Marco Rubio is right. And Mike Lee is wrong.
These two Republican senators the former an up-and-comer from Florida, the latter a stick-in-the-mud from Utah are on opposite sides of the issue, and of history, on one of the few matters that stands a chance of being reasonably addressed by Congress this year: immigration reform.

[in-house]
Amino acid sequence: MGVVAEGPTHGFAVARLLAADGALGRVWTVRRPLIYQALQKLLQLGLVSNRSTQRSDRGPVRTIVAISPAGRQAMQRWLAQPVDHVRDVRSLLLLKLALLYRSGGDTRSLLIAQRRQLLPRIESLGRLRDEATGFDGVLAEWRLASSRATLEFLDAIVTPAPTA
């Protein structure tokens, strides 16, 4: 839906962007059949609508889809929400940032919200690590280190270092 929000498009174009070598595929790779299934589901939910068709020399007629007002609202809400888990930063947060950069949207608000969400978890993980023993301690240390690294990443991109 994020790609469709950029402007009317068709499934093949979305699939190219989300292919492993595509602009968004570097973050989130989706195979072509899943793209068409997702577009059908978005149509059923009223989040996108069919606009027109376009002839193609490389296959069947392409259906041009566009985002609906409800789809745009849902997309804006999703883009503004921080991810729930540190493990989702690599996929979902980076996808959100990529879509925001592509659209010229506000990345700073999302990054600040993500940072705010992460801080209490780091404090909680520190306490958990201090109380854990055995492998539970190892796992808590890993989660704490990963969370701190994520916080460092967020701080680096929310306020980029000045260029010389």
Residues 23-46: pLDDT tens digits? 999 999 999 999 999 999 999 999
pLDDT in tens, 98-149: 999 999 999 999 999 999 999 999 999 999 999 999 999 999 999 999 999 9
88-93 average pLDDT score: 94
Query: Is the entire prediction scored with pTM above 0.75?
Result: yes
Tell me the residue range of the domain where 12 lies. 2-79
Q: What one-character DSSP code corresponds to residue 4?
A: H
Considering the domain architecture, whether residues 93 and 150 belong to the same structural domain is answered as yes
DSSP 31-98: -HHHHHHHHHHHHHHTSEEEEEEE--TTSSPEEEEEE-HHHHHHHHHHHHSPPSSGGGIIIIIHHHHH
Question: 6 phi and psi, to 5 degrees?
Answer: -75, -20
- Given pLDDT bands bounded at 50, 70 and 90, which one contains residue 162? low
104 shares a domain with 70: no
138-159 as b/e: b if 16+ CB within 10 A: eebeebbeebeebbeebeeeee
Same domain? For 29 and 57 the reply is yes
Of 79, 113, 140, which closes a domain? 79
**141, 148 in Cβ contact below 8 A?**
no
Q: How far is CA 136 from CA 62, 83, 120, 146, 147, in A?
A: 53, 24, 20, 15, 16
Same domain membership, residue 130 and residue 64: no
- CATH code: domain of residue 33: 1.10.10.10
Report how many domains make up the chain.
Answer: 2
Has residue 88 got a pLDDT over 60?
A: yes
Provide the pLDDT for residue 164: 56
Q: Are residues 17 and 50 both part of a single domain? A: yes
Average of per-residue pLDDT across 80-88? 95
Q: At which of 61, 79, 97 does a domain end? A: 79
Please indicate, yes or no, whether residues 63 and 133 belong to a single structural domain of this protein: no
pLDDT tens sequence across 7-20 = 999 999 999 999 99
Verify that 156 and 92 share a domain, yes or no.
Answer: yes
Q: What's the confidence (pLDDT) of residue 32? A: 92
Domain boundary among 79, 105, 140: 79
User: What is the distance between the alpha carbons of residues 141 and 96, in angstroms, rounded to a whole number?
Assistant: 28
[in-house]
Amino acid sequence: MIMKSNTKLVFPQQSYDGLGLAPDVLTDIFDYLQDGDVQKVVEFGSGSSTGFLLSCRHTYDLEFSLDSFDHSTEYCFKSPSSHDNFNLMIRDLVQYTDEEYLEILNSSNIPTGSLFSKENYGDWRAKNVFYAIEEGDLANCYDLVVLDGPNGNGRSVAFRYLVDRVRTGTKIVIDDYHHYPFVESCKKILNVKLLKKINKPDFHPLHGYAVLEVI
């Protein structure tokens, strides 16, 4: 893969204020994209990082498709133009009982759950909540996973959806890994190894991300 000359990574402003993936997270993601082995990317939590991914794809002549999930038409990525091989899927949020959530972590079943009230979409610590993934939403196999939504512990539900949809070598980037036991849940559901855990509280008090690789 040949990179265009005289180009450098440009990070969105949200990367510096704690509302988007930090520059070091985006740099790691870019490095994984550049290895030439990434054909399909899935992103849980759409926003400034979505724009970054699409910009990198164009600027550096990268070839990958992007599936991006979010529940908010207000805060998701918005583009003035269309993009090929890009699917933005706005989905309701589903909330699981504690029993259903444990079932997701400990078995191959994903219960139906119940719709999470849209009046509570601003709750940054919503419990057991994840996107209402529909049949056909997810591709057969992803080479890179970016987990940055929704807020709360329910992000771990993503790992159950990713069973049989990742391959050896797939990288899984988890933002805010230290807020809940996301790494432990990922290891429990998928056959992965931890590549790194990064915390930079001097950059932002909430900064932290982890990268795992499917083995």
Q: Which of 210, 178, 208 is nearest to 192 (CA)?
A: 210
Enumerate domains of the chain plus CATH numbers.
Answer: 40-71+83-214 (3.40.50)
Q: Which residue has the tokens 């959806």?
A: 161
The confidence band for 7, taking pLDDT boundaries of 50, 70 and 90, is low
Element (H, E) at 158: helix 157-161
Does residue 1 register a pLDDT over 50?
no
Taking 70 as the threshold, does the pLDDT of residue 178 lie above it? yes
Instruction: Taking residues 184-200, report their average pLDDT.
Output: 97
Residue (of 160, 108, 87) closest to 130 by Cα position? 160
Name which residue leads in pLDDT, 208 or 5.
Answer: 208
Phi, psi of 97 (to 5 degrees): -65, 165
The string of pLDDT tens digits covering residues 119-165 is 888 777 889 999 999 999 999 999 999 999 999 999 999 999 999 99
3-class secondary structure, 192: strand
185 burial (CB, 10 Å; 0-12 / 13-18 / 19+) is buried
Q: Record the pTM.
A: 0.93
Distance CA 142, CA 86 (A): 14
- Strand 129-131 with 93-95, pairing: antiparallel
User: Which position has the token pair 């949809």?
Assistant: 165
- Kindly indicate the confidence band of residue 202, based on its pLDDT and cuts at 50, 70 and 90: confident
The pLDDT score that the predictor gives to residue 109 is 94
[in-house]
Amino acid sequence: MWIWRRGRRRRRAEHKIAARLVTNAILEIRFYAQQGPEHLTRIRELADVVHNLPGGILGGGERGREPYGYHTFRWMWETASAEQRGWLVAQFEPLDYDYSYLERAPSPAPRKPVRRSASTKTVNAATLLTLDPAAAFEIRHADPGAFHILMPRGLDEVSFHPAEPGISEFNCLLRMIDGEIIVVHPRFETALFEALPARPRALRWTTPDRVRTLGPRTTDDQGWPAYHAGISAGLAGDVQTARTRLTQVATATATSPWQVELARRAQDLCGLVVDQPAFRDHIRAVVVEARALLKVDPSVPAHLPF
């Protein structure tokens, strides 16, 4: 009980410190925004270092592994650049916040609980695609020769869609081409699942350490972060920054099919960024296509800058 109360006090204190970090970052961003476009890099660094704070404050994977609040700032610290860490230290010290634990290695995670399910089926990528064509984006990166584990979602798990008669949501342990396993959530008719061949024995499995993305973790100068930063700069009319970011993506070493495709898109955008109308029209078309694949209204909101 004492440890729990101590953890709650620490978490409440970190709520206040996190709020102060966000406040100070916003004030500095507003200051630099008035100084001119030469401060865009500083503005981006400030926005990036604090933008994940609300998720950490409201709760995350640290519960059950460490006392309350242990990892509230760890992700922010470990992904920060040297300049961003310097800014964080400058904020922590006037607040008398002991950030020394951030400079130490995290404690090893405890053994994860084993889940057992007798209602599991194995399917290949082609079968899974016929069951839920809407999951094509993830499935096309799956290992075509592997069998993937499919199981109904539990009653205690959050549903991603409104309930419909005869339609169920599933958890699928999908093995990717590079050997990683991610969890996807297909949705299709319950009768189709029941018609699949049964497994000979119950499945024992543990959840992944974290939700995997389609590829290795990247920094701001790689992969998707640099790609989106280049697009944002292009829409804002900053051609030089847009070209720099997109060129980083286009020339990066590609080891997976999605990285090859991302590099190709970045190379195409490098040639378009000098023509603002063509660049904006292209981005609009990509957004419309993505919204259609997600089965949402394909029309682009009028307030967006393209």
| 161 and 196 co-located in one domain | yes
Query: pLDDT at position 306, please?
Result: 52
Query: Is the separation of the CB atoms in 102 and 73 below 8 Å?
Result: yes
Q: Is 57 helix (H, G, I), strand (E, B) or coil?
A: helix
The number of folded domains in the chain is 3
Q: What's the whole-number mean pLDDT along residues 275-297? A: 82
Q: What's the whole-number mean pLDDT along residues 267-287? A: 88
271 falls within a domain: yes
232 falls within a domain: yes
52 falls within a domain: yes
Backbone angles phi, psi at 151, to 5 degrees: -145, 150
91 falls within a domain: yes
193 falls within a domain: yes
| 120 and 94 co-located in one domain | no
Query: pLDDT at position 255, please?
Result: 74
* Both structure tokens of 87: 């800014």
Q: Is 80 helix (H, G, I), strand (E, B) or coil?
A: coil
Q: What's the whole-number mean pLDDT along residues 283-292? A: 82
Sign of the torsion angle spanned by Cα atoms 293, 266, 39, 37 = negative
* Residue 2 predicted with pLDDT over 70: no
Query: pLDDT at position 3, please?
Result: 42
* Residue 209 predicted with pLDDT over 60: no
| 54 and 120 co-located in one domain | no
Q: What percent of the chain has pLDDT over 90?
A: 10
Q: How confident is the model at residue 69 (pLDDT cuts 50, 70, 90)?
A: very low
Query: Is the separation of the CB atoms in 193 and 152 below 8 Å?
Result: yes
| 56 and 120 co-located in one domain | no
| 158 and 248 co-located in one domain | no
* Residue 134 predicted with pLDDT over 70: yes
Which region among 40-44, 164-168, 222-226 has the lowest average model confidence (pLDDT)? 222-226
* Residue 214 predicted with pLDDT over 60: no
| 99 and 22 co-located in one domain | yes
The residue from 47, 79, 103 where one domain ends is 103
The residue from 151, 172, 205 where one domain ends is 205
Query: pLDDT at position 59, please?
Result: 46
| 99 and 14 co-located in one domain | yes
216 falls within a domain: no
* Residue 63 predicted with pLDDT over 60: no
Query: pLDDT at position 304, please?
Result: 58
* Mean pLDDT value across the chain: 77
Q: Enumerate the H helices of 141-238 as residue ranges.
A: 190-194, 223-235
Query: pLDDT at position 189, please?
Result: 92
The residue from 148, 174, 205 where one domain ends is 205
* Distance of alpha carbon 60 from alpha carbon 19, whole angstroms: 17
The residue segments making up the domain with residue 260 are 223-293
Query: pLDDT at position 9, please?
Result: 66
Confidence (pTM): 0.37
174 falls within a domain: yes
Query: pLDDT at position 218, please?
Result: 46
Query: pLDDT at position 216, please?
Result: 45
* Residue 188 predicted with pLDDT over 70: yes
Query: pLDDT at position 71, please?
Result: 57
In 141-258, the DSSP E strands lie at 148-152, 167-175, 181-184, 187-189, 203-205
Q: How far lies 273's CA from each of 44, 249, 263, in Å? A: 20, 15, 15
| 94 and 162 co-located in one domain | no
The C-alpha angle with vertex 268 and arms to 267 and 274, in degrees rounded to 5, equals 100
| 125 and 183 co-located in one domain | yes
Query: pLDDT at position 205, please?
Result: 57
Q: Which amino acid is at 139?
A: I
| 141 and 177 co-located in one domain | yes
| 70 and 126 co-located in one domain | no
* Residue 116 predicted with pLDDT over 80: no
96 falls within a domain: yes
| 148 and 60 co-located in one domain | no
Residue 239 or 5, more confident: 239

Rubio is a rock star of the political class, especially that subset of it already obsessing on who might run for president in 2016. He is a Republican with well-established conservative bona fides, yet his youth and his Latino heritage help him stand out from the crowd. His participation in a bipartisan group of eight senators, from across the country and along the political spectrum, will help that group's proposed immigration reform package, announced Monday, gain traction for a quest that has failed so many times before.